Translation:There are no fish in those waters where no boats go.
Welcome to the weirdness that is Hungarian.
It simply means that you seeing lakes and rivers and such with no boats on them. And you know that where boats do not go, there are no fish either.
The English translation is very wonky due to the different grammar. Also it misses translating sincsenek properly.
I was actually wondering about this translation of sincsenek. Isn't it supposed to be is + nincsenek? Or am I missing something? How should this sentence be translated?
Yes, you're very right. I shall dare try and translate this sentence to sensible English, please bear with me.
There are no fish in those either, onto what no boats are going.
Simply meaning: Can't see a boat on something? You won't find fish in that something either.
No boat, no fish.
This must be the most baffling sentence in Duo-English so far. Are you just winding us up?
It's grammatically good, but it doesn't make much sense to the English mind since the language doesn't like to deal with phantom objects. :D
Trying to teach something in a secondary language by using something that makes no sense in a primary language is quite frankly stupid!
Well, I agree that it shouldn't be a large part of this course, but if you want to learn the language, any language, sooner or later you'll come across hard-to-translate concepts that go against the intuition you were conditioned on in your native language. And it's helpful to have at least heard of those things.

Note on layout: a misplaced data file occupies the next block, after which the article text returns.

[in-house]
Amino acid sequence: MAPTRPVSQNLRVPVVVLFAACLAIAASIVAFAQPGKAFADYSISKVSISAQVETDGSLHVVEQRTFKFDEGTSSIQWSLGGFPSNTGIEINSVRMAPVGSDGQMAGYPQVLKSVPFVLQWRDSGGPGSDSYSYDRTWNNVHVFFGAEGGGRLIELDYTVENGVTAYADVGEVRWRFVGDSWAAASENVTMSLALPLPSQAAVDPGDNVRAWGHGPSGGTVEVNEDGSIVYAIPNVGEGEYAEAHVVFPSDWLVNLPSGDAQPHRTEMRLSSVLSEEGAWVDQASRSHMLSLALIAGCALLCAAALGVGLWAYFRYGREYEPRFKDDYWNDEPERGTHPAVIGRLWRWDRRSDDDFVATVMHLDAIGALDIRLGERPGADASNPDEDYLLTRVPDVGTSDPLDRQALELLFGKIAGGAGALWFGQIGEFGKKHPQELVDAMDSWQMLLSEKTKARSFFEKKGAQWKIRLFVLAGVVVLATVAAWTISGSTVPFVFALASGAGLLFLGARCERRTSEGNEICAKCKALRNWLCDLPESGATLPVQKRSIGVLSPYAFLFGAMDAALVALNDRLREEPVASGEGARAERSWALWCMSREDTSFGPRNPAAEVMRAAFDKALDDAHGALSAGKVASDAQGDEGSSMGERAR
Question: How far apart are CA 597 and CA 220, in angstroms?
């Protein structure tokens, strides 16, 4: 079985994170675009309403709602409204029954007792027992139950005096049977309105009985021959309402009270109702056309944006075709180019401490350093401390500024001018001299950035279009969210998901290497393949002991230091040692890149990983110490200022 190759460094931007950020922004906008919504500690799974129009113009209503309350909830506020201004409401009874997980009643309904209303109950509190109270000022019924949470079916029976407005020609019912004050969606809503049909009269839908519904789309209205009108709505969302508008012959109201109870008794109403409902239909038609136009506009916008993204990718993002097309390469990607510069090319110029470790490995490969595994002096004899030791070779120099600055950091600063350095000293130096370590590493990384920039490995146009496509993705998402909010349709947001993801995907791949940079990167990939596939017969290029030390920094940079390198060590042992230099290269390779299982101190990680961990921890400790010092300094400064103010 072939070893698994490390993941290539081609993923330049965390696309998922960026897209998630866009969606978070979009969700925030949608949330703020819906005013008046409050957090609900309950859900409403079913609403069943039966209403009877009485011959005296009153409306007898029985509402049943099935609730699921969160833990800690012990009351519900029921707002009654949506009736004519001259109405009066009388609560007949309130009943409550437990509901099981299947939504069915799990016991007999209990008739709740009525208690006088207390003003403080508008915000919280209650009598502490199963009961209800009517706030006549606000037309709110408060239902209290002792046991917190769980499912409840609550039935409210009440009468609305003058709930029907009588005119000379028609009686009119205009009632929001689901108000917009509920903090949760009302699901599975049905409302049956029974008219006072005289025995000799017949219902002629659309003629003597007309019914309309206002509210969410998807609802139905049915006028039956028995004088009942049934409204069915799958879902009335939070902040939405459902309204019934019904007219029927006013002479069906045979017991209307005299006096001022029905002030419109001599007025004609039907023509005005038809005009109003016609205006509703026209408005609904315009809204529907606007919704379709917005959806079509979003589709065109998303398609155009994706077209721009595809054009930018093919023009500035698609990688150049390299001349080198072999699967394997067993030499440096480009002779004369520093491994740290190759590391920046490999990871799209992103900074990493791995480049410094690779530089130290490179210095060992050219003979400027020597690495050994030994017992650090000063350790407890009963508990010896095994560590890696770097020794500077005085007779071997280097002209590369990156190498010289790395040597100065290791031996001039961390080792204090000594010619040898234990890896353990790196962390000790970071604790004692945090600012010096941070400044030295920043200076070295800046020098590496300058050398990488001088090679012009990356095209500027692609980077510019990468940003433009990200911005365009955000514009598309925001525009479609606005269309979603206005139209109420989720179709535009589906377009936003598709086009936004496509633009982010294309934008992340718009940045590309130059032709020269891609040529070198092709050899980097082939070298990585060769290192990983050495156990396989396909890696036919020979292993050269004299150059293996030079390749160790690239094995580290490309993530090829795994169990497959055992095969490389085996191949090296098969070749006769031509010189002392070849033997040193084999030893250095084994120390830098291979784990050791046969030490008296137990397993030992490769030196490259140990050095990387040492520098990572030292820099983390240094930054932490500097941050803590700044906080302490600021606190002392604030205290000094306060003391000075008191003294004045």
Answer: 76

I totally agree and do not use this as my sole source of Hungarian language teaching fortunately... My main gripe is that you will not teach anyone anything in a secondary language in this crude way and it should have been omitted from the course. It serves no purpose and there will be no learning other than through repetition.
Could not agree with you more. This is an introductory course and as such it is not the place for sentences that cannot be translated without interpolating implied subjects and objects - still less for giving as "translations" English sentences that lack these implied words and thus barely make any sense at all.
There must be translatable sentences that could be used to introduce the concepts, and they should be substituted in.
Actually, I think the grammar is not correct. Boats, (actually most things besides a few water-walking insects) do not "go onto" water. They go (swim or sail or even float) "in water."
You forgot "sincsenek" in your translation. At least this time,because the same sentence is NOT translated every time in the same way. So must we translate" no fish EITHER" or not?